Goddess Daye combines neo-soul with hip-hop and
Gospel roots to deliver original sound
EAST ORANGE, NJ – Goddess Daye is a musician whose artistry is wide and diverse. A singer who knows how to rap and express herself through poetry, Goddess Daye is one of those one-of-a- kind artists who sets the tone for a generation and whose voice inspires change in the lives of people worldwide.
Her new EP, “Ear Therapy,” is a testament to the power of her words and music. A mixture of neo-soul, hip-hop and Gospel, the project incorporates a little bit of every influence from her life – from relationships to faith to cultural and societal issues.
“I want to step out of the box of what’s being heard in the now and focus on what’s deeper,” she said of the EP. “A lot of our music today only goes on the surface, but to go deeper than the surface always touches home. I’ve found that there are different types of copying through life, and for most people the ear and our sense of hearing is one of the first steps toward helping with a therapeutic way of coping with life. Combining music with that healing ‘Ear Therapy’ makes sense to me.”
The project will feature eight songs and is available for download across all digital distribution sites. The first single from the EP is a song called “Stand Up,” featuring Billboard P. The song was written and performed by Goddess Daye and produced by Young Roc – with a music video for the single directed by Bill Workz. The song is one that she says is about “standing up for what you feel is right and what you believe in and not standing still.”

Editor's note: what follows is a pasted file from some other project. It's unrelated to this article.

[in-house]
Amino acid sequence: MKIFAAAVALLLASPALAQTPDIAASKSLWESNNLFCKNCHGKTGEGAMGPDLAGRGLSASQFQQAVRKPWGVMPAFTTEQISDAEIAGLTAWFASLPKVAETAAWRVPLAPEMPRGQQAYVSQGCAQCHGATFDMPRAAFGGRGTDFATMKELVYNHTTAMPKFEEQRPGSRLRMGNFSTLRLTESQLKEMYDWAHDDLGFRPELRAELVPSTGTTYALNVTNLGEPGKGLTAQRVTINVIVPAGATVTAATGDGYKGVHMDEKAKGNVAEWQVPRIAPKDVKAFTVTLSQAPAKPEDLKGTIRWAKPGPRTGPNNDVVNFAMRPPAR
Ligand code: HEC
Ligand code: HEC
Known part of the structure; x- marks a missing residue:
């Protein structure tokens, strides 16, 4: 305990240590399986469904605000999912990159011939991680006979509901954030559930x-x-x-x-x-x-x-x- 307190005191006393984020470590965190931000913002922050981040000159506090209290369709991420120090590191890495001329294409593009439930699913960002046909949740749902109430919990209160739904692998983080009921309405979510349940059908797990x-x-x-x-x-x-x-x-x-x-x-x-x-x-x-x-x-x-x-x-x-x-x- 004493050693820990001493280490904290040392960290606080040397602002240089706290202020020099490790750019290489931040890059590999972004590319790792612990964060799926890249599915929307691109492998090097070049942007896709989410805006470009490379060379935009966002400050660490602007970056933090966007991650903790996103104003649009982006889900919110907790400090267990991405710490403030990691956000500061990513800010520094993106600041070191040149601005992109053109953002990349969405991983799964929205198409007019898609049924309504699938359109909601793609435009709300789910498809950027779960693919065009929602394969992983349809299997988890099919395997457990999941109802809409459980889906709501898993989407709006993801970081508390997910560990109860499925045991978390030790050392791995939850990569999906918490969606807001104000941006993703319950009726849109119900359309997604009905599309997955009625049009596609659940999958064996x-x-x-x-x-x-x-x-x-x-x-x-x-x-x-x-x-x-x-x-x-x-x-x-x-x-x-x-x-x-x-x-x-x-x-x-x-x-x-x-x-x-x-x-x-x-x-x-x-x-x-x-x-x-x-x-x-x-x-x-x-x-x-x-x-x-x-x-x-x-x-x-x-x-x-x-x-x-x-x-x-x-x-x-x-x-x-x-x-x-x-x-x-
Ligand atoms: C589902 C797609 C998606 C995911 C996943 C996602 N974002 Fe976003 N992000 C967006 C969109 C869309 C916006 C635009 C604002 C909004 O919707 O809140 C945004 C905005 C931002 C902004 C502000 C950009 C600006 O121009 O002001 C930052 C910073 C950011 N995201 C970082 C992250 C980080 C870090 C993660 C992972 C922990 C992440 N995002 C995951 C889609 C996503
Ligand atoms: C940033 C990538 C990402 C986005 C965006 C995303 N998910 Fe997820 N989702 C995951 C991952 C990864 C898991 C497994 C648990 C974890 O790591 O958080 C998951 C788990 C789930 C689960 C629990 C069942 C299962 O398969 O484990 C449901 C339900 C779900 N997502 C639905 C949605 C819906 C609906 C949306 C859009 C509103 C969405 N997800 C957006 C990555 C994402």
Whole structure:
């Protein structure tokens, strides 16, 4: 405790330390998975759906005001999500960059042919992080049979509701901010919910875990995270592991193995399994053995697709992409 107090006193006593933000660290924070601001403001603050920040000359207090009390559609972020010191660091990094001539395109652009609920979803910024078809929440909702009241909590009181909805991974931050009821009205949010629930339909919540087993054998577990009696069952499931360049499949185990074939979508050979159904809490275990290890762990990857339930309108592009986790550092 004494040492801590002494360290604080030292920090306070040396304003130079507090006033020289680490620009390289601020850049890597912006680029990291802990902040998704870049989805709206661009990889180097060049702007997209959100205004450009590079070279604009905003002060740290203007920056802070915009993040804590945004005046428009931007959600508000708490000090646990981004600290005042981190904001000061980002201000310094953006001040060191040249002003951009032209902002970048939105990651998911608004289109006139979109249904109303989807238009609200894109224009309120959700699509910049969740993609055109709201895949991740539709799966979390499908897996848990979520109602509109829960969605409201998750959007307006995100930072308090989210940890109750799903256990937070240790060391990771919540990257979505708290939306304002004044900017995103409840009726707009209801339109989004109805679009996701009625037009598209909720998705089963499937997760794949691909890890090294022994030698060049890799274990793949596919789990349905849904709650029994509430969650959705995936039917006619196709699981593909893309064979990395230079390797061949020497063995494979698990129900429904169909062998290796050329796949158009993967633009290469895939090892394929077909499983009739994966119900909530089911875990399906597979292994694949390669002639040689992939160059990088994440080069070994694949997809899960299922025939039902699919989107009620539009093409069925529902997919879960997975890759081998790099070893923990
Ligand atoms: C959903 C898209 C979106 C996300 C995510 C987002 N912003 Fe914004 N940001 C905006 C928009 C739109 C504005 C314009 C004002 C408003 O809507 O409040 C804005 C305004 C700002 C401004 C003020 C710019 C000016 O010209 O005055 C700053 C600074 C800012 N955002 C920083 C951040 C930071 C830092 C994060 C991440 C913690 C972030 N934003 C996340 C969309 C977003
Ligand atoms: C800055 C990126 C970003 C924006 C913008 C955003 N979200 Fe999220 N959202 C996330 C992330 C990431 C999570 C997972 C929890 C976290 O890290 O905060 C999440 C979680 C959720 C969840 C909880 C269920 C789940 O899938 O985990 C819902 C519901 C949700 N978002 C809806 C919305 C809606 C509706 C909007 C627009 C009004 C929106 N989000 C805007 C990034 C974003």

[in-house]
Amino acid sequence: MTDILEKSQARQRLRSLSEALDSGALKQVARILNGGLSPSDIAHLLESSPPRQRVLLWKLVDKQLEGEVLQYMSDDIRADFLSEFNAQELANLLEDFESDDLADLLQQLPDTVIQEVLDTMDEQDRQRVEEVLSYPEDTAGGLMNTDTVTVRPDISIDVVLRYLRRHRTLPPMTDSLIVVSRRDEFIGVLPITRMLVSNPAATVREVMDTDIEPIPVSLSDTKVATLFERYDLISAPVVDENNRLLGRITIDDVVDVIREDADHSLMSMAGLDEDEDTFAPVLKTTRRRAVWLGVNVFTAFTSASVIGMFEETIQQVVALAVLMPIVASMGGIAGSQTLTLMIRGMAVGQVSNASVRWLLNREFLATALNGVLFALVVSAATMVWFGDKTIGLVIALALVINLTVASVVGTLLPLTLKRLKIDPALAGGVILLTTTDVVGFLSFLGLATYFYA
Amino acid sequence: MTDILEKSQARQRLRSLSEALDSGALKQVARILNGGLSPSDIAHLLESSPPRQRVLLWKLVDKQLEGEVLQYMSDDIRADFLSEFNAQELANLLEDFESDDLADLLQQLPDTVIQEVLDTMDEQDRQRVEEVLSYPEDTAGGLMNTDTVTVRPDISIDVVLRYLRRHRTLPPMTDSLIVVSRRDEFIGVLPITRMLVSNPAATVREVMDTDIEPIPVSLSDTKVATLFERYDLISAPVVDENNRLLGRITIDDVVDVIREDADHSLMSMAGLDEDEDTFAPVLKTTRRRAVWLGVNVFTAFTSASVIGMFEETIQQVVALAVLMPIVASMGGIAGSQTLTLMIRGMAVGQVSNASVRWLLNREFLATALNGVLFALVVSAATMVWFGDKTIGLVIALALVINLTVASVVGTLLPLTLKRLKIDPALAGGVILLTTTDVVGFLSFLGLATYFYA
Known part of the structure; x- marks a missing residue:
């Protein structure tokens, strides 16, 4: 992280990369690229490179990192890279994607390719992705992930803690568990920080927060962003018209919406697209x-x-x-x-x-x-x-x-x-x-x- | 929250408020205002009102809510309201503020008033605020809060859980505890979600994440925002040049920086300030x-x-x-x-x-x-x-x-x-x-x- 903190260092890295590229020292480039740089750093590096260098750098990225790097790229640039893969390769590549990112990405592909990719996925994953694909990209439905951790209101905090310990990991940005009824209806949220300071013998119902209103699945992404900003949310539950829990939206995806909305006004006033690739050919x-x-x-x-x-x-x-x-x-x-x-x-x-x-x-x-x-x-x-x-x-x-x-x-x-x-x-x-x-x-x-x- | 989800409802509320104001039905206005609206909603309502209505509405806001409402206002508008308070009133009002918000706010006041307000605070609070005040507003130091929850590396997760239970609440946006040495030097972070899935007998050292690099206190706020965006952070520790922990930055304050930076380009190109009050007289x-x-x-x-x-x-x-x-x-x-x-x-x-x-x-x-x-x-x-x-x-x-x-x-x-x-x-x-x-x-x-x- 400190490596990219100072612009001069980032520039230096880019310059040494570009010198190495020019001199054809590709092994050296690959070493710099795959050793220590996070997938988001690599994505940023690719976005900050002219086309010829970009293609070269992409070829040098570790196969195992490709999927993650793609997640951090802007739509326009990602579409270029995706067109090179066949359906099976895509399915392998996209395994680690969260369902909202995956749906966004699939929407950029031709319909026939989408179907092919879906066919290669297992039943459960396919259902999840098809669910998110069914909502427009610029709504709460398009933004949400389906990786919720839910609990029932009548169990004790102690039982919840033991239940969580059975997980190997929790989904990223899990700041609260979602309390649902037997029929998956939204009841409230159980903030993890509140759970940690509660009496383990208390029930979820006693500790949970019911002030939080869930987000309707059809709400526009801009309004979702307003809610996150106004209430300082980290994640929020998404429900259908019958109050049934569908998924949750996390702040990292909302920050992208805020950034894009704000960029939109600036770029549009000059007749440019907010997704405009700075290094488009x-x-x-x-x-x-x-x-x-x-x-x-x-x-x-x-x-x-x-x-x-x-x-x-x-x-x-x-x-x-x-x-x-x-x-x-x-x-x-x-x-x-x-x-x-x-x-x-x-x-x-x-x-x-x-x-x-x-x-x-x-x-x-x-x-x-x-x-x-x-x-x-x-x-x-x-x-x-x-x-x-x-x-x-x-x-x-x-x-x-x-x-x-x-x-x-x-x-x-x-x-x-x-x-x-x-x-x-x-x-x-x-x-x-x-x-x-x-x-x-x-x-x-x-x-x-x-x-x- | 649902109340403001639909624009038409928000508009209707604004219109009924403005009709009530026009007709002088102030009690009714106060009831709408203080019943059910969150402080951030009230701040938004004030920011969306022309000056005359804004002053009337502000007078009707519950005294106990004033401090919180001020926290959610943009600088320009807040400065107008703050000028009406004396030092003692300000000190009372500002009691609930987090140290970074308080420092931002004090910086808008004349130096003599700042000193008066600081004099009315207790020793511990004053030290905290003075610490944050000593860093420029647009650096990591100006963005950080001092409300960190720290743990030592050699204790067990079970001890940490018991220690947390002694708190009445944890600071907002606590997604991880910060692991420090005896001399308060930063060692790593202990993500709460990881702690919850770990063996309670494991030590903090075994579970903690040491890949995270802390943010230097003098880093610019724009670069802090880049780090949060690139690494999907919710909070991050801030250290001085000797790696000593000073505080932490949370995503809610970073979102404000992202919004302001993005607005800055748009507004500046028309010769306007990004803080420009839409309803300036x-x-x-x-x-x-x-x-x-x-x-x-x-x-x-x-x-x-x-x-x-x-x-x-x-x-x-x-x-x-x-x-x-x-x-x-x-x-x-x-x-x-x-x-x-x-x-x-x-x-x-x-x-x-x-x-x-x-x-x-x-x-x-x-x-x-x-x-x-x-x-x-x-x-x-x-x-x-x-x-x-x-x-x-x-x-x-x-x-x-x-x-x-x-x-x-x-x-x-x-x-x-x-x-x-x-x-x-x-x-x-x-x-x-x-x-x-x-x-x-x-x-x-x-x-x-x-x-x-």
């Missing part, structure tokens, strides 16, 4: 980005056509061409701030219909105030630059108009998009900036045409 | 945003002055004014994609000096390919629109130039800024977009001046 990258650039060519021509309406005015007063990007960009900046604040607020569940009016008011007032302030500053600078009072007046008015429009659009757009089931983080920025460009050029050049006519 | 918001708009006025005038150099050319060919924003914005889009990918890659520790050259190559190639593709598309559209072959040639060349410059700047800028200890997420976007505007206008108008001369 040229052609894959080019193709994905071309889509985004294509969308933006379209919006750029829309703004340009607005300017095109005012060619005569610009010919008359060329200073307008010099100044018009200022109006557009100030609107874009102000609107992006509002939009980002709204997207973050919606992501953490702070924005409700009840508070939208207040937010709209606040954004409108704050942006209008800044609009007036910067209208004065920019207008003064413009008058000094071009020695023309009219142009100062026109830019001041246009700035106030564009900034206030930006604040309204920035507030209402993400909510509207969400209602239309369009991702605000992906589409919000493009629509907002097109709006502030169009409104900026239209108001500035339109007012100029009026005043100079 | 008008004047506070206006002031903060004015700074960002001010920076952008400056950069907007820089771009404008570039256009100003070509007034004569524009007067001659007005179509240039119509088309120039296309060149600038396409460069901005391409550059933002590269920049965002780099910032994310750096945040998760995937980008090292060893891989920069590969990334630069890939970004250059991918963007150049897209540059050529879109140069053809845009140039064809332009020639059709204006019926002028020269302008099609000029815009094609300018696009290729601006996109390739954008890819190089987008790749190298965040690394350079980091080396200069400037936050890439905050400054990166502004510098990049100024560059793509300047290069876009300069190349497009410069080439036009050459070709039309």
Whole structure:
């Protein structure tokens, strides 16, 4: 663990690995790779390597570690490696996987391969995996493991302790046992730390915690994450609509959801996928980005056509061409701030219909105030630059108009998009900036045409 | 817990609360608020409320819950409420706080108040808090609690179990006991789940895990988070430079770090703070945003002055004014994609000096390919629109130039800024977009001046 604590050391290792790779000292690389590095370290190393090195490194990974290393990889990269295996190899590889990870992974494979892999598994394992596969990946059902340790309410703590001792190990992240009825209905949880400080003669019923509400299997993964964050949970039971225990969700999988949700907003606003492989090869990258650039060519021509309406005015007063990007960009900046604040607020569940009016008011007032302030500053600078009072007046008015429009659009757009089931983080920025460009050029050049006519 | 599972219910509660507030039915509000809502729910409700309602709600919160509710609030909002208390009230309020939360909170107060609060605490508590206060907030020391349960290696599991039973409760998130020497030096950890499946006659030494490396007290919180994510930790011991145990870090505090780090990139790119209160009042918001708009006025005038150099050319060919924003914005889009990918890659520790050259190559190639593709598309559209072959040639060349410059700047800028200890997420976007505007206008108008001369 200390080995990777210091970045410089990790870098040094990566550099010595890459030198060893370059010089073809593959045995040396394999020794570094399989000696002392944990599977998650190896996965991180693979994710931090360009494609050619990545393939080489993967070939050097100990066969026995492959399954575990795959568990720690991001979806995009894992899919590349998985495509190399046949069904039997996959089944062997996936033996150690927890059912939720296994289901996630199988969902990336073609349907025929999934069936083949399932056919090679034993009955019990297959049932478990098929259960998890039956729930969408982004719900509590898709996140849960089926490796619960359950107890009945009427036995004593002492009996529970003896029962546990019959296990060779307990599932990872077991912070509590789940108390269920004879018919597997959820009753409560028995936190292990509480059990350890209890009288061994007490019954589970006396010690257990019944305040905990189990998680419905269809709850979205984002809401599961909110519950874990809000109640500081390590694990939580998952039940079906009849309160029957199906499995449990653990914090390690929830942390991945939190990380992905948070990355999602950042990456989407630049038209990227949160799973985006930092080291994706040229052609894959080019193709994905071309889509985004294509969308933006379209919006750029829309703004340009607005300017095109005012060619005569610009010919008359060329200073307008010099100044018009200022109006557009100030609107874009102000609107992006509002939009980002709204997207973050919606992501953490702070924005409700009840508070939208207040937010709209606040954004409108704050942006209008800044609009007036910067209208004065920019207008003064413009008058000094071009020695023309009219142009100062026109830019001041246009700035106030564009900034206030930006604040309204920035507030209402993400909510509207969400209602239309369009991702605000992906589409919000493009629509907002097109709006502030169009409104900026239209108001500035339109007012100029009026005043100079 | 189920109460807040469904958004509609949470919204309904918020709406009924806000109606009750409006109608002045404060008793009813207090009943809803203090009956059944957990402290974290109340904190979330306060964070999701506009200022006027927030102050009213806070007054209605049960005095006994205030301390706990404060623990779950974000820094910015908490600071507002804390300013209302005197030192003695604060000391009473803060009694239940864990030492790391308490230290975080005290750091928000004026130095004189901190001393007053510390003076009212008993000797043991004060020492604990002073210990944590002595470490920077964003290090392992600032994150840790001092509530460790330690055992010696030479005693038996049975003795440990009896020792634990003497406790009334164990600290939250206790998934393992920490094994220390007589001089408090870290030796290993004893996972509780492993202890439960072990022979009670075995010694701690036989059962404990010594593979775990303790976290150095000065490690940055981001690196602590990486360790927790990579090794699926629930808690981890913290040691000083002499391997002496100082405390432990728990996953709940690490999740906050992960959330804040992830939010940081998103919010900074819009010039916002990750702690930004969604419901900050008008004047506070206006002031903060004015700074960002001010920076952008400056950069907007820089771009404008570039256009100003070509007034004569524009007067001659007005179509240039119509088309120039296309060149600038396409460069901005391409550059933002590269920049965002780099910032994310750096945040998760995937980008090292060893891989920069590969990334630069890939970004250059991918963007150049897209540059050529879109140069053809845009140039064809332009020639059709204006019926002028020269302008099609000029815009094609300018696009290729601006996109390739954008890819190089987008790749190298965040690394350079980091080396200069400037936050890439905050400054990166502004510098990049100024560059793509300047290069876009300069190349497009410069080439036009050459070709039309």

“Walk for what you feel it’s right,” she said, “whether that’s poverty and doing something about it, or really anything that involved taking a stand in a positive way. This song examines that idea through a mixture of a lot of genres – neo-soul, spoken word … I even do a little scatting in there. It’s like old-school scat mixed with a new-school feel. And there’s some hip- hop in there. I would compare it to Jill Scott and the way she scats, with some Lauryn Hill on the vibe of it, and a little bit of Queen Latifa on the message.”
Goddess Daye elaborated on the message of the song, saying it’s based on the oft-overlooked “poisons” of society and how too many people shrug those things off without doing anything about them. The music video, for instance, highlights the problem of poverty in the U.S., and how apathetic many people are in their view of the issue.
At the end of the day this single, like all of her music, is something that she hopes connects with a wide range of people and inspires them in ways they may have never considered before.
“I just want them to get it,” she said. “Everybody goes through bad things, and music is the way to get through those times, in my experience. No matter what bad situation you’re going through, if you listen to a word or two I say – or a beat or frequency – and it helps, then I’m happy. I always go off a vibe when I create music, and I hope five-to- 10 years from now the vibe I set sticks.”
To listen to Goddess Day’s music, or to follow her on social media, please visit: